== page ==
Protestors took the sidewalk on Thursday demanding higher wages and the ability to form a union for the 2300 Fast-food workers in Columbia.
In more than 100 cities across the country, protests brought together various industry workers asking for a higher, more livable wage and the ability to form unions.
Passersby honk as a group of protestors chant "We cannot survive on $7.35" in front of the Burger King on Business Loop-70 in Columbia. Standing in 20 degree weather, the protestors demand higher wages and the ability to form a union.
Losia Nyankale helps daughter Jonessa and son Juliean learn the alphabet. Nyankale, who works in a restaurant in Washington, D.C., says she needs food stamps and child-care subsidies to make ends meet.
Losia Nyankale, 29, didn't mean to make a career in the restaurant business. But after Nyankale was in college for two years, her mom lost her job as a schoolteacher and could no longer pay tuition. Then, Nyankale's temp jobs in bookkeeping dried up in the recession. So she went back to her standby — restaurant work.
"I did some kitchen work. The pantries or the salad station," she says. "I've also managed, supervised, wash[ed] dishes."
The minimum wage in Missouri increased 10 cents to $7.35 cents to start the New Year.
That may go up in the near future.
In the State of the Union address, President Barack Obama said he wants to raise the minimum wage to $9 an hour.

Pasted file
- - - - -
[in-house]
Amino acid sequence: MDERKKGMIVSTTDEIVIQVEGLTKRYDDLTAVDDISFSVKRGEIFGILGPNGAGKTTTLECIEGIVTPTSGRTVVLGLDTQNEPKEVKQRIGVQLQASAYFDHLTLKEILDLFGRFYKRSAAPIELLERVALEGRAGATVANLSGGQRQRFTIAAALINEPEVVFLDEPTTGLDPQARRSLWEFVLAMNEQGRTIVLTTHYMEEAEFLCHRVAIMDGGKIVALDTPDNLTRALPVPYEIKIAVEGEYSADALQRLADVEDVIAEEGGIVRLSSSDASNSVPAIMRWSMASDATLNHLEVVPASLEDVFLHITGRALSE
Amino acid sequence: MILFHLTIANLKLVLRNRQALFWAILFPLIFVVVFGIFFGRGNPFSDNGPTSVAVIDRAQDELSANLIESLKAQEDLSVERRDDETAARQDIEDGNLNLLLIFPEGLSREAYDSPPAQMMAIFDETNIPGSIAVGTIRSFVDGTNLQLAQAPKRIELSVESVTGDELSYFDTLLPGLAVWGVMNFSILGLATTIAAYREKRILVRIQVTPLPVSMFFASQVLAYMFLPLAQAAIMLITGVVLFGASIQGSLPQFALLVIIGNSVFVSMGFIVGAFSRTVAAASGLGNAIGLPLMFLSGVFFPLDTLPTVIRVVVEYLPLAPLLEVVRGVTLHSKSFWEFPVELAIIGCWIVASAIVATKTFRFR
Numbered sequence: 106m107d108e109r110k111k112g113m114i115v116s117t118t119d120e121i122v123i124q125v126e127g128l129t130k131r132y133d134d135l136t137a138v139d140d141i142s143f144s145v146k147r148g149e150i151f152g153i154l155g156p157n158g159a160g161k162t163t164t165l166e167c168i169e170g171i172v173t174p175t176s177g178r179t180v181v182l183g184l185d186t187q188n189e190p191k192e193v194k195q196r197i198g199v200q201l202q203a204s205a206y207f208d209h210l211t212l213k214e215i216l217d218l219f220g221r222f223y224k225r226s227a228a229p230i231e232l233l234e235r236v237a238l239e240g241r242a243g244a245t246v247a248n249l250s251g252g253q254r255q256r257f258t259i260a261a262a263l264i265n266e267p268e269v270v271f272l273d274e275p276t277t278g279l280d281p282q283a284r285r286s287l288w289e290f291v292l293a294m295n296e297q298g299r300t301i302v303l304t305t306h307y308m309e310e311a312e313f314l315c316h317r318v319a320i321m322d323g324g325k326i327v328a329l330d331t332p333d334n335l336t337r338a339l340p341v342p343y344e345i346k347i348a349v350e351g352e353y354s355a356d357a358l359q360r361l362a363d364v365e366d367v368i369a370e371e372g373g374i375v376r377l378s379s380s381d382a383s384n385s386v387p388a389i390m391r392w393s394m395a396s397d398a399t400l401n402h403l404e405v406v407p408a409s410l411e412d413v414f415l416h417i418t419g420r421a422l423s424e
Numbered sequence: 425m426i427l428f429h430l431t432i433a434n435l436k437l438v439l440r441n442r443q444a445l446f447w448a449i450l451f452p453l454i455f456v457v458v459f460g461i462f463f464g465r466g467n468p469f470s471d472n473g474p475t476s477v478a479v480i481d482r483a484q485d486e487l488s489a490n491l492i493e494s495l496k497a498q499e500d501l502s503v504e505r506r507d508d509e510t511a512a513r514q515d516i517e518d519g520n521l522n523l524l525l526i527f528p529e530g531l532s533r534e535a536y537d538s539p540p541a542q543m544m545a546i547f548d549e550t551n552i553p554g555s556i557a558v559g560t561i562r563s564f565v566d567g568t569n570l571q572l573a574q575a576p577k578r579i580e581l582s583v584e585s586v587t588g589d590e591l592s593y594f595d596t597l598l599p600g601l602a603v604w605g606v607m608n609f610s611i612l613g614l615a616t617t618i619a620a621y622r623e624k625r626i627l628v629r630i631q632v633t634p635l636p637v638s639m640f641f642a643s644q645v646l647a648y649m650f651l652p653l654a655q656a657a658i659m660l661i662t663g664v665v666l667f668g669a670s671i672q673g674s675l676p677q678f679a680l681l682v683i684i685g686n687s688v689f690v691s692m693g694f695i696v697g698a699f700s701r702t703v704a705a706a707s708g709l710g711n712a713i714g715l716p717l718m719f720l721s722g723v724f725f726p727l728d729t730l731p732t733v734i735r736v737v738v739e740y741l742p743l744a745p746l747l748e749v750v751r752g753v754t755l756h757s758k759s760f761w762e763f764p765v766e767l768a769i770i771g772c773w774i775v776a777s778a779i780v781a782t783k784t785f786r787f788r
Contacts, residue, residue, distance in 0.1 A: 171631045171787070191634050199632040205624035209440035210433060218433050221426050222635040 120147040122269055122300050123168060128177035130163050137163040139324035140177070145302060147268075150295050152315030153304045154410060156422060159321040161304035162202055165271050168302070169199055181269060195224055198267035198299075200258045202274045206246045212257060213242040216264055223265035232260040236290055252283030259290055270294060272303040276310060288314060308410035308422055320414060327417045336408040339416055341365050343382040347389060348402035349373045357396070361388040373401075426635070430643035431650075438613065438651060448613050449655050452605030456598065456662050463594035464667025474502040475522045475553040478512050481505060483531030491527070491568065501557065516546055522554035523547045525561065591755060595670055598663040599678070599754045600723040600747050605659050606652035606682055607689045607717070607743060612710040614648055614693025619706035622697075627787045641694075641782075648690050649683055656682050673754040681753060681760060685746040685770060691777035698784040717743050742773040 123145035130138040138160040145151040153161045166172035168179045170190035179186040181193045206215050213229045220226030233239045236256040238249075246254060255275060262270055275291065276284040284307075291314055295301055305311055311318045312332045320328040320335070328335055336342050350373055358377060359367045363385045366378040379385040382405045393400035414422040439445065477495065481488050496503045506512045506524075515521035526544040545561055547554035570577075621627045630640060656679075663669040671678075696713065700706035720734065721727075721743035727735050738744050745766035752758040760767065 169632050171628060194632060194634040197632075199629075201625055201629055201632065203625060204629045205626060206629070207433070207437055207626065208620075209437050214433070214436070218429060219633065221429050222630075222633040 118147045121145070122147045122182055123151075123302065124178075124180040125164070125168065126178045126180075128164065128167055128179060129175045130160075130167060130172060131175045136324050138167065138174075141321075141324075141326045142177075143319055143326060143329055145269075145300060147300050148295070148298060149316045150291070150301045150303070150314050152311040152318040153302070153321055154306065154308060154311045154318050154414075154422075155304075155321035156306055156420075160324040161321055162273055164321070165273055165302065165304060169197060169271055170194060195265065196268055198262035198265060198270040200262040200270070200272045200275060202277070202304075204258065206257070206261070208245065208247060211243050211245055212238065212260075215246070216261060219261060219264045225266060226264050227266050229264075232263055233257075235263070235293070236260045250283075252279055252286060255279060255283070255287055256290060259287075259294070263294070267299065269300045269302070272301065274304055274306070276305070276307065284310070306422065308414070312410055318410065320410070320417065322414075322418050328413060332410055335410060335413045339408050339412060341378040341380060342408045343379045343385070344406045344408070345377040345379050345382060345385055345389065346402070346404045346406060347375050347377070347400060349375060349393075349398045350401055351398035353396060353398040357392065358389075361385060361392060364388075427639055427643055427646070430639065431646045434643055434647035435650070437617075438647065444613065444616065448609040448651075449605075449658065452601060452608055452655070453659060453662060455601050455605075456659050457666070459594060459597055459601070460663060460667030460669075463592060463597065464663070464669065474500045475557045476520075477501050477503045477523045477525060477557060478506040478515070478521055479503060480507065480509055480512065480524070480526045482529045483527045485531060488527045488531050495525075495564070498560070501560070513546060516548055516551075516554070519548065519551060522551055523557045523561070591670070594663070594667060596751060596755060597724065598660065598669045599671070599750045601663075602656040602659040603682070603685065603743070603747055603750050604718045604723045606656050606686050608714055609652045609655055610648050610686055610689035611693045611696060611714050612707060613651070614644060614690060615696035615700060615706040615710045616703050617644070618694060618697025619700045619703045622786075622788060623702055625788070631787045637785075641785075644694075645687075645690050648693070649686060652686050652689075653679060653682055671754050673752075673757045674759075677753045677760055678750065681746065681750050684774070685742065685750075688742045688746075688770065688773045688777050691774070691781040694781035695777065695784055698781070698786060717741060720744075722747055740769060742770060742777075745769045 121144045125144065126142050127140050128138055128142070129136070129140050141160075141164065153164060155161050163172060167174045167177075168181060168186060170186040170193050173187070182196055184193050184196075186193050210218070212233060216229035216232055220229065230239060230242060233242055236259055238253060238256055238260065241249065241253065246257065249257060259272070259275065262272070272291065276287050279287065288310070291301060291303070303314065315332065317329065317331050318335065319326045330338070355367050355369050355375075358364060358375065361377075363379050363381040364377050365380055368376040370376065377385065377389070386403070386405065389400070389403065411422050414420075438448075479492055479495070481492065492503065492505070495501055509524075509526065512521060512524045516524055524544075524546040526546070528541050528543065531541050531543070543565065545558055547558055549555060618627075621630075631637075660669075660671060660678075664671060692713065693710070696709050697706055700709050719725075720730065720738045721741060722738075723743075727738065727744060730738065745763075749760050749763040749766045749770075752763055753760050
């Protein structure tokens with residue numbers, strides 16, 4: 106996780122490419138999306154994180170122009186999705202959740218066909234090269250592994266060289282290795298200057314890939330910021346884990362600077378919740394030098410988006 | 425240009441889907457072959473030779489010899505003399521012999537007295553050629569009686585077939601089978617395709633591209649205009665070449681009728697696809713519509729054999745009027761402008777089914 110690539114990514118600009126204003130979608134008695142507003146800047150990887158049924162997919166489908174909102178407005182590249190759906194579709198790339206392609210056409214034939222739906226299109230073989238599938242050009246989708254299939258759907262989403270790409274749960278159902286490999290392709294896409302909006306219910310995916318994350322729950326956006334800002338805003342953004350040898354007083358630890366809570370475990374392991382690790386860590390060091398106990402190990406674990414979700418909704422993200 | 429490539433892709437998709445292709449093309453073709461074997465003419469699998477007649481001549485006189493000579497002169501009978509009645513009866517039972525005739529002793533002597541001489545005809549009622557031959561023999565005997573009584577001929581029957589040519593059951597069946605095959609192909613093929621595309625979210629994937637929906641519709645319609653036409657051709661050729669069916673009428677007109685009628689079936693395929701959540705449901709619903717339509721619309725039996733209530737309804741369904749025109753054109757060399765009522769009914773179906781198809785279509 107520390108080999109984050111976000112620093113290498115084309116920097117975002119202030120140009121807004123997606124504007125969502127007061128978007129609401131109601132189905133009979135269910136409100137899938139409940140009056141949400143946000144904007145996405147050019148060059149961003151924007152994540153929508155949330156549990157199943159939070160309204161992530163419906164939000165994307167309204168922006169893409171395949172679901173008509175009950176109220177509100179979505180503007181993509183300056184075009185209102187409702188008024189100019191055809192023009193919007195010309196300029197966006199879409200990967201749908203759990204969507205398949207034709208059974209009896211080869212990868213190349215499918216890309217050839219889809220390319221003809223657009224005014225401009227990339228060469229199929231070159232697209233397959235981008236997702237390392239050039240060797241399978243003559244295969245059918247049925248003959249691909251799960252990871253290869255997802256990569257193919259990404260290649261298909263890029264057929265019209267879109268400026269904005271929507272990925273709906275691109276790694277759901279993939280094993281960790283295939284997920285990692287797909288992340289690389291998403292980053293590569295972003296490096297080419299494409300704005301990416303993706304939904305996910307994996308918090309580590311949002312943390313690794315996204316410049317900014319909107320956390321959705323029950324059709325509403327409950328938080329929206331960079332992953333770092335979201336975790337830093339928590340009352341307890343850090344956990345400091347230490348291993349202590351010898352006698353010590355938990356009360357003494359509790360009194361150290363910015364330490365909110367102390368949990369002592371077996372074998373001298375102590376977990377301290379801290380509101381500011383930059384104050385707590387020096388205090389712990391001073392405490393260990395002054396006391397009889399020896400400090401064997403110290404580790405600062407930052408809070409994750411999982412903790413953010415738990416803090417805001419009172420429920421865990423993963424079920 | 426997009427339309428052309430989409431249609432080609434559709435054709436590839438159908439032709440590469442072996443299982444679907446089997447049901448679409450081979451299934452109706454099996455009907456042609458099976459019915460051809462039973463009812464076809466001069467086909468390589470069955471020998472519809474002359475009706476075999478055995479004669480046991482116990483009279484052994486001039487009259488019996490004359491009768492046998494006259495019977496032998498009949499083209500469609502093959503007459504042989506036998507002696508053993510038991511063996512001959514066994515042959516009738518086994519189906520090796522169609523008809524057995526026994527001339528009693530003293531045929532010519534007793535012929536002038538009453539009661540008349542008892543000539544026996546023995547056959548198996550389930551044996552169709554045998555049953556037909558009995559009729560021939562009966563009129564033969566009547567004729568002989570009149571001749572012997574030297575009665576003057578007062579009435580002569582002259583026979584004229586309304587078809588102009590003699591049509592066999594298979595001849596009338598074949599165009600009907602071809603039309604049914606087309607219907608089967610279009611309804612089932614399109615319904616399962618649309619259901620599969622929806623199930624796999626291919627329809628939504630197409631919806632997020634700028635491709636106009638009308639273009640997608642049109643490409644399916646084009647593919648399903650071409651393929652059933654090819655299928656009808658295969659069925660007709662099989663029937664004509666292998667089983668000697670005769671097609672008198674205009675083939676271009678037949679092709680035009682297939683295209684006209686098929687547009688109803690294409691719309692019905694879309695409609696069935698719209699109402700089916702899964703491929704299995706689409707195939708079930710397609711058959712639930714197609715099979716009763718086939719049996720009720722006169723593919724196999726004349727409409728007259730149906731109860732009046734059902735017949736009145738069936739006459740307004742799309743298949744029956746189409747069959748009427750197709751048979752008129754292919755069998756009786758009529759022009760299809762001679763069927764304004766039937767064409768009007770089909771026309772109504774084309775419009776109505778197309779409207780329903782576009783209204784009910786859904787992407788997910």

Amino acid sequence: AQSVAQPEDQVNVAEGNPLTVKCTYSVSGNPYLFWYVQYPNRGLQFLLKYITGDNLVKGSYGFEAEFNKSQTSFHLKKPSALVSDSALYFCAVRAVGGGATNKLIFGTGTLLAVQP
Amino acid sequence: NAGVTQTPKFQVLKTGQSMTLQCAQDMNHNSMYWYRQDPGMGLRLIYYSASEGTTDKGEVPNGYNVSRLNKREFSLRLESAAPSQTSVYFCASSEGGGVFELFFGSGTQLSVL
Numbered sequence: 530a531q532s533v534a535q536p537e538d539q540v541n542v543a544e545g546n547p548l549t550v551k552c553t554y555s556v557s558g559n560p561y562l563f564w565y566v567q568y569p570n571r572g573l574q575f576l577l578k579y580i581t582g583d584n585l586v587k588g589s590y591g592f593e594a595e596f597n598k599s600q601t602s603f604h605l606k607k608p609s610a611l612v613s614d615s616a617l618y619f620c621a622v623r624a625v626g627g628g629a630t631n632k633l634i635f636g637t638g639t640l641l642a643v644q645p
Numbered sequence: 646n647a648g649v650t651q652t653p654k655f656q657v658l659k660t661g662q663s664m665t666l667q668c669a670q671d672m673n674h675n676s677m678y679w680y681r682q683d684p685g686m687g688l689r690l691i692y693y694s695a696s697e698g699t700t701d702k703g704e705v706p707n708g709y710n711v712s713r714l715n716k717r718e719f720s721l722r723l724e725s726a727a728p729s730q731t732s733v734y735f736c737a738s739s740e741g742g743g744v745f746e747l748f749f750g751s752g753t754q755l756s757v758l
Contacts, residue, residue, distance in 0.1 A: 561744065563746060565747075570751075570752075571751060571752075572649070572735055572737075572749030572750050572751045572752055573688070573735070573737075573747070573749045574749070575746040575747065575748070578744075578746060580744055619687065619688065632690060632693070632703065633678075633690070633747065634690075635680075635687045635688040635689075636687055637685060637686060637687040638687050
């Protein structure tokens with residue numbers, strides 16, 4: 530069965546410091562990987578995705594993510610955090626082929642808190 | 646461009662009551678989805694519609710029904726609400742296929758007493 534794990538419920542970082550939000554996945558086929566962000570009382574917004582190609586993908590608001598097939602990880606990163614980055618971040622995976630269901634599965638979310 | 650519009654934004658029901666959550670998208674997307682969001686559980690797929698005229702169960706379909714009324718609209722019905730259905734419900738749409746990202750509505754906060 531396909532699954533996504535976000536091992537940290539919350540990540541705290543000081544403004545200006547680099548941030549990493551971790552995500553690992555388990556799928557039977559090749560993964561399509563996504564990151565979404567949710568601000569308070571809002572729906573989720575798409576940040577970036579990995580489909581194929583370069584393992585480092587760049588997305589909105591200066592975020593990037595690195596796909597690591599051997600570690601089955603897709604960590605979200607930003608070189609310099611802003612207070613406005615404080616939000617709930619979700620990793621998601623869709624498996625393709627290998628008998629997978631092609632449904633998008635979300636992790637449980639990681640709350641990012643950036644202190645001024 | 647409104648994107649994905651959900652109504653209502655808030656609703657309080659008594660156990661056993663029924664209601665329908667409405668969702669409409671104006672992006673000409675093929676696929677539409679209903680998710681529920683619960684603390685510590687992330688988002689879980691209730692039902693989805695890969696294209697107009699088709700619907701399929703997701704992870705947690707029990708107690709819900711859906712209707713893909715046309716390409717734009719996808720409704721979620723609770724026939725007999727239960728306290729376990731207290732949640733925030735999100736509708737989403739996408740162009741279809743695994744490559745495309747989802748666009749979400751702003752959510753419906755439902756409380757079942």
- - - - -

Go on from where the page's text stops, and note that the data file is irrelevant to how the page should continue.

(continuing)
“Today, a full-time worker making the minimum wage earns $14,500 a year. Even with the tax relief we've put in place, a family with two kids that earns the minimum wage still lives below the poverty line. That's wrong,” Obama said.
Missouri's minimum wage will rise by a dime to $7.35 an hour in 2013.
For the past several years, Missouri has followed the federal minimum wage of $7.25 an hour. That's because the federal rate was equal to or greater than the state's minimum, which is adjusted annually based on the cost of living.
But inflation has now pushed Missouri's minimum wage above the federal standard. The new wage is posted on the website of the state labor department.
Initiatives that would cap payday loan interest rates, raise the Missouri minimum wage, and raise the state's tobacco tax are a step closer to the November ballot, after a Missouri Supreme Court ruling yesterday. The three initiatives were tied up for months in court – one judge struck down the payday petition, ruling the ballot summary was "likely to deceive petition signers." But yesterday, the Missouri Supreme Court upheld all three ballot summaries.